[ubuntu-art] next meeting

Andrew Laignel a.laignel at ukdotcafe.com
Fri Feb 8 19:15:28 GMT 2008

Sumit Chandra Agarwal wrote:
> I do like this idea very much, but I think there would be a lot of 
> resistance to it as I think people like having their desktop as a junk 
> store.
> Or maybe they're just too used to the idea.
> But it gets a thumbs-up from me! Its mildly annoying to me that 
> Firefox/etc don't use the home folder or home/downloads as the default 
> save to.
If you think about it files should go in /home/ and nowhere else.  
Storing them on the desktop is about as sensible as storing them in the 
system tray.  It's only the colossal weight of history behind the whole 
'save to your desktop' thing.  It just means you have more places to 
check when looking for things.

A solution may be to treat the desktop as /home/ - so it is the same 
place - only by default do not show any icons or folders.  Clicking the 
Home Folder Icon will display in the gap to the RHS a box with the 
files/folders that is navigable.  If it loses focus, or you click the 
icon again, it would disappear.  Dropping files on the desktop would 
copy them to /home/

While on the subject someone mentioned splitting files and folders 
distinctly, IE put the rows of folders at the top of the window, a small 
gap, then the files.  This would help people differentiate between whats 
in a folder, and other folders.

Webmaster, Jhnet.co.uk wrote:
> The proposition of a new menu is a good idea however I do not like the 
> menus that people are coming out with that work like the 
> SuSE/KDE4/Vista menus - how is it possibly a good idea to 1) Have a 
> programs list that *SCROLLS*, 2) Have all the programs at the top of 
> the menu (when you open the menu by clicking something underneath it). 
I think the main menu bar needs to go at the bottom, otherwise it makes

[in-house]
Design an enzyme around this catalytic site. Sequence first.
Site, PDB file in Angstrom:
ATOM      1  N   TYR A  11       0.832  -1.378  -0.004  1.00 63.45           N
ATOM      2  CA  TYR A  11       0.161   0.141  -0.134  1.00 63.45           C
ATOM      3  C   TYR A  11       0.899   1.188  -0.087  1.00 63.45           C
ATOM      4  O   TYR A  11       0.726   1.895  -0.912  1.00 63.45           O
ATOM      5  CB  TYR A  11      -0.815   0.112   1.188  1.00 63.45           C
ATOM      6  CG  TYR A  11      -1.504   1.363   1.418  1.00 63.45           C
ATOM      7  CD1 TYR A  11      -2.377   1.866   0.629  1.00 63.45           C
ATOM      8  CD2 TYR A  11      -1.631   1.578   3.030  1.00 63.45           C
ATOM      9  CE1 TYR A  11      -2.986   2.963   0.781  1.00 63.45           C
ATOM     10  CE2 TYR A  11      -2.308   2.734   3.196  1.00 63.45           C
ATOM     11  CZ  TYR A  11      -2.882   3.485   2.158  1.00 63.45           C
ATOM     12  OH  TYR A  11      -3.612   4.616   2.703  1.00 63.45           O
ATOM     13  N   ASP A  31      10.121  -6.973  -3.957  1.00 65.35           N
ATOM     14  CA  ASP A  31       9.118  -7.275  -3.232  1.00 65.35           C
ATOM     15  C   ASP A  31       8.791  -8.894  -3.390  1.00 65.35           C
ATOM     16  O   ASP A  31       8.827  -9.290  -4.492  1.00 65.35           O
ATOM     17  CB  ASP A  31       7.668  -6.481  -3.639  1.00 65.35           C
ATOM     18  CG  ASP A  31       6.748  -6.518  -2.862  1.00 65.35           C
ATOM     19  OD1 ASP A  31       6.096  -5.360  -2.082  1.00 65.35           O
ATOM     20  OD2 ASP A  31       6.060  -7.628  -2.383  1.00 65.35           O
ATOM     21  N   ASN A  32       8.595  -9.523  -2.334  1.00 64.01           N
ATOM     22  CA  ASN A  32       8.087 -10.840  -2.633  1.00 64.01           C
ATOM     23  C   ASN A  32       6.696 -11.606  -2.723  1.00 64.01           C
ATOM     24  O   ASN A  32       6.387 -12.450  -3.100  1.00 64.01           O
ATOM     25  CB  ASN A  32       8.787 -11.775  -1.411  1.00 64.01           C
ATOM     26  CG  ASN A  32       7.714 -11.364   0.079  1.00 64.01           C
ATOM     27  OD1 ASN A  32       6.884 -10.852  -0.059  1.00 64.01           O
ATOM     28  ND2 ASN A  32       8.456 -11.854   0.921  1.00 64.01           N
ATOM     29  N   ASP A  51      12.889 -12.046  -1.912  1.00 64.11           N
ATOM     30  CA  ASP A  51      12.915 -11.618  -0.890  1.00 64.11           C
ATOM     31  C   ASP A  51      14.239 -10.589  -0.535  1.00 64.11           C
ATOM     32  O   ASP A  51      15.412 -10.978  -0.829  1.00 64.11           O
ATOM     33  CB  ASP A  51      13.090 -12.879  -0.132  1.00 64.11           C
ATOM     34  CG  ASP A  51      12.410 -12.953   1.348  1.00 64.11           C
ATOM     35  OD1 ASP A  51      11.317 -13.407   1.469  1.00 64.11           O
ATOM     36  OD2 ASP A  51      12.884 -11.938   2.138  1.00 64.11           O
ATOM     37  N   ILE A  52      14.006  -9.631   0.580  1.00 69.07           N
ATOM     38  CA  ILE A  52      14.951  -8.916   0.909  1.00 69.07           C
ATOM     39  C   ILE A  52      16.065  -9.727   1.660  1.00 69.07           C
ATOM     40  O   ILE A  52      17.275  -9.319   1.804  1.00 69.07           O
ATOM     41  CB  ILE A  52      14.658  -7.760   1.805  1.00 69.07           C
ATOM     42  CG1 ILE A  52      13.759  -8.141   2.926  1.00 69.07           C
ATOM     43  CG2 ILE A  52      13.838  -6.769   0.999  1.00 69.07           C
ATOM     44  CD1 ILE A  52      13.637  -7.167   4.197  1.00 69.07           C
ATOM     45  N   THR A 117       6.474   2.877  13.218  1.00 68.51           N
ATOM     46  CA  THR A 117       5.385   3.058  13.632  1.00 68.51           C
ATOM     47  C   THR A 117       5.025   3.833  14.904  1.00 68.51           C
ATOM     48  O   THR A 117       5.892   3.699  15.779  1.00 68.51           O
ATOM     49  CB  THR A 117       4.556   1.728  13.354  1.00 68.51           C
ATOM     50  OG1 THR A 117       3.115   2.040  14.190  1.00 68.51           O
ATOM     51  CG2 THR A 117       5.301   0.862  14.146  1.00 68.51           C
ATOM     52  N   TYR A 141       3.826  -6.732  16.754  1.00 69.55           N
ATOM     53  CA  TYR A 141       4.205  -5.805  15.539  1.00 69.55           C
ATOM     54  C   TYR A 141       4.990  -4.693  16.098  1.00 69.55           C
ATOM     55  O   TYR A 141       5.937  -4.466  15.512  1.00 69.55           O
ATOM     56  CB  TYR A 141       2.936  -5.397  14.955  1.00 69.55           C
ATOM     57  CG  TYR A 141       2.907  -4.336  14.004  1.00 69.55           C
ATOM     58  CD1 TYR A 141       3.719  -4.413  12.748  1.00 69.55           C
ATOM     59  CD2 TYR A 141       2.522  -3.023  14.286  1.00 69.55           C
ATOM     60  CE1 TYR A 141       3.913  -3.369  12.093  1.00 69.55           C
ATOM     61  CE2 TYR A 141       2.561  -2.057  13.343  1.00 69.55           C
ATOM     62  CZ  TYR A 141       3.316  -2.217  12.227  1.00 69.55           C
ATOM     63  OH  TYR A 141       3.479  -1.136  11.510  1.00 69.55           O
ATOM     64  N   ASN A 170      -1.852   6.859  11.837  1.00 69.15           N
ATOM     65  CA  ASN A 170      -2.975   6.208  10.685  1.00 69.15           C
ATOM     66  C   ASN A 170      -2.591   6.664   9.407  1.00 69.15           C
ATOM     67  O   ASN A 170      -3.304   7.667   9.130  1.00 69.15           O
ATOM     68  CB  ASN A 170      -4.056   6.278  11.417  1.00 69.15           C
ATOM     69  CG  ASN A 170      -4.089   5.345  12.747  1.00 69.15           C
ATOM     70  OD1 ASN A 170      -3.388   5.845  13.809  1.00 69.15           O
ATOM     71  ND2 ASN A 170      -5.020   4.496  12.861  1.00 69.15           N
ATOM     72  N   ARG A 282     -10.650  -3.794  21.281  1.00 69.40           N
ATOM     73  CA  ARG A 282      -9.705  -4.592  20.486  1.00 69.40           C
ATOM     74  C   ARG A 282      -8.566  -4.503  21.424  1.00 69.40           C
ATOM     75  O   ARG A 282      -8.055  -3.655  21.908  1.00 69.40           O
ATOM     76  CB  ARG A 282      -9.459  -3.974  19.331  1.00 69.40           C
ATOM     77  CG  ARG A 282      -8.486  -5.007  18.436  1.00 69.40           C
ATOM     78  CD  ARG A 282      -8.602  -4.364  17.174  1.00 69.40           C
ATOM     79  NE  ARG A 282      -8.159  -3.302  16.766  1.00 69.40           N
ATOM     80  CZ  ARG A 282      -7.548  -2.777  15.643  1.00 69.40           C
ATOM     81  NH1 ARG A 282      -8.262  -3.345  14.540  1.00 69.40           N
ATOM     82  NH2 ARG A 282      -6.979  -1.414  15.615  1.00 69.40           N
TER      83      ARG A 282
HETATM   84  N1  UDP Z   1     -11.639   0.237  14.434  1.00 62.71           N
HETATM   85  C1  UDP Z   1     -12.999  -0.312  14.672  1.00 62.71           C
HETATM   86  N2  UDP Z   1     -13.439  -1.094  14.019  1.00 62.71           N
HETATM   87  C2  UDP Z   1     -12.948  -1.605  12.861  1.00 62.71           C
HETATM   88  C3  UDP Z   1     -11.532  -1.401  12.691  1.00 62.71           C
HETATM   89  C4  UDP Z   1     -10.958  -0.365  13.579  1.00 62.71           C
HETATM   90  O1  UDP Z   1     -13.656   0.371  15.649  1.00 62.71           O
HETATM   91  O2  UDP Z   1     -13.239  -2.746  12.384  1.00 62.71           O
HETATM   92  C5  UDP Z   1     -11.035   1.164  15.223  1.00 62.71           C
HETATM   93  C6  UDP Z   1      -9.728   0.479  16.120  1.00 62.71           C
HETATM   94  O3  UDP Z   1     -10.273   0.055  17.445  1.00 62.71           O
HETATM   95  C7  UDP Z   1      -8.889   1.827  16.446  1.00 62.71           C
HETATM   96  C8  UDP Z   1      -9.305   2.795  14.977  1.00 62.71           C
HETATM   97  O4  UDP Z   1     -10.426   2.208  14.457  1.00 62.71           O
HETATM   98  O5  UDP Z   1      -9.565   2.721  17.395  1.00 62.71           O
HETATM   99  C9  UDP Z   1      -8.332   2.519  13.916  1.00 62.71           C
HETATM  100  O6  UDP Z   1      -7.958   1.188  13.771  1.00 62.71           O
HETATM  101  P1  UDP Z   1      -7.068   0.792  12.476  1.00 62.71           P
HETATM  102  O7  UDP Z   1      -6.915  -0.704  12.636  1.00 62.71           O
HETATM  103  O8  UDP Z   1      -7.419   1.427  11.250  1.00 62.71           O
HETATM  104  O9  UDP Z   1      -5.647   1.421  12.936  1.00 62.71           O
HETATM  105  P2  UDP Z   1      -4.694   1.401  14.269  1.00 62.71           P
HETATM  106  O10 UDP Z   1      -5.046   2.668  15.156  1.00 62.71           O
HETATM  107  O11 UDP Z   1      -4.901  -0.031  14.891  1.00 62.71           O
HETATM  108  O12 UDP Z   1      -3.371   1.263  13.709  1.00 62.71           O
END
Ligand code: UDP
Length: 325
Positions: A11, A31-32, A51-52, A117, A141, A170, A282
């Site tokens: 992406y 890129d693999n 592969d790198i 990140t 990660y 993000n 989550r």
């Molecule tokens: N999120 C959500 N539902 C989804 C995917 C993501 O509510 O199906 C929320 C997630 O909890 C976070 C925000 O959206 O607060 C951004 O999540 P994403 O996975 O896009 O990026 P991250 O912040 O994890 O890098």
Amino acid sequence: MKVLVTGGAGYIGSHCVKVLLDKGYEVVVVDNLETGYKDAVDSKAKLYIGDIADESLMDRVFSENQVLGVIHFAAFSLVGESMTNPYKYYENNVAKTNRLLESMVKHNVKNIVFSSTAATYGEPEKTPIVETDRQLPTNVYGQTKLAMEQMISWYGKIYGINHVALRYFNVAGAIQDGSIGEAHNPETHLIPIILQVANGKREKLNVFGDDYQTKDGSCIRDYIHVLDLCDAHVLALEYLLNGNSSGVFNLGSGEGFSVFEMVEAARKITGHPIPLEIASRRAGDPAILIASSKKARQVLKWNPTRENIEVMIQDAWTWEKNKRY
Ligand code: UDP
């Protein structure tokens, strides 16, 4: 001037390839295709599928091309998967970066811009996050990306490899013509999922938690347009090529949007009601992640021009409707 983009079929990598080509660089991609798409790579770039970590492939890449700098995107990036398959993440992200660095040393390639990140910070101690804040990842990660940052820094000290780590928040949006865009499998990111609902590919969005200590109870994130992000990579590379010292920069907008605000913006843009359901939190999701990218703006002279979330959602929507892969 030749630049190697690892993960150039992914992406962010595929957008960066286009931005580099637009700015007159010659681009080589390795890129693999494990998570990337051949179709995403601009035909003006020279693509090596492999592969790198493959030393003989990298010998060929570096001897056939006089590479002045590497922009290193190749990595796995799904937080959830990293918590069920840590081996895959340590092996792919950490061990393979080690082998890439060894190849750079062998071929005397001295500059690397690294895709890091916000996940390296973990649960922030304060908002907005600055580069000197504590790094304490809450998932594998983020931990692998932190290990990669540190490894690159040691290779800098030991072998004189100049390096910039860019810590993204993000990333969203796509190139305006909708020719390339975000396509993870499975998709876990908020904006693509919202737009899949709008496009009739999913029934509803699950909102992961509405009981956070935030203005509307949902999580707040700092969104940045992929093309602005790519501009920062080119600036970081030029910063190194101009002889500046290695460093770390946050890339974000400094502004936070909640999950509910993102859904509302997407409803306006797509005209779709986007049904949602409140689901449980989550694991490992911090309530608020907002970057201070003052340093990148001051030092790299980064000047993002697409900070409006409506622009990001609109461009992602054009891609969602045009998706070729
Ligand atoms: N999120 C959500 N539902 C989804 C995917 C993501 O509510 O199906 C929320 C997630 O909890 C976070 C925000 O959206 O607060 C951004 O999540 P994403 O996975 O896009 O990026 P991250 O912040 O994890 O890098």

it harder to deal with the full screen windows.  I don't think inversely 
sorting it is a good idea either so that little extra mouse movement I 
think may be unavoidable.  :)
> Sure we need a better system but whatever is invented should not be a 
> traditional pop up menu. What would probably be a very good idea is a 
> task bar widget that displays your most frequently used/last used 
> programs as shortcut icons next to the traditional menus. This means 
> that it is accessible to newcomers because they don't need to actively 
> do something to put the icons there, adds the functionality of a 
> recently used list (which KDE has had for eons), but most importantly 
> it gives *single click* access to programs!
That may work.  Firefox + Thunderbird are 'pinned' - maybe pinned 
software should display as icons on the quicklaunch - so anything you 
use regularly = 1 click.  Say the top 5 items on the recent list display 
as icons in the quicklaunch.  This may confuse people as they would 
change without user intervention so maybe pinned only is best?

Travis Watkins wrote:
> Actually, the desktop effectively does not exist exactly because it is
> covered almost all the time. This is probably why people don't worry
> about using it as a junk store, they never see it unless they're
> diving in there to get something anyway. Kind of like the junk drawer
> on your real desk. :)
It's more like leaving junk on your desk when you should put it in your 
drawer, to the point your desk just becomes another storage area (bad) 
instead of a useful place for doing tasks (good).  Can't find you phone 
because of all the crap on your desk?  It's the same thing.

My point is that the desktop should be used more as a form of UI, not as 
yet another place to store files. By mixing app launchers, shortcuts and 
files on the desktop you confuse people about what does what.  Generally 
if someone has a desktop covered with crap its because they don't 
understand the computer well enough to know that they should keep it in 
/home/.  Forcing good practice isn't really a bad idea.

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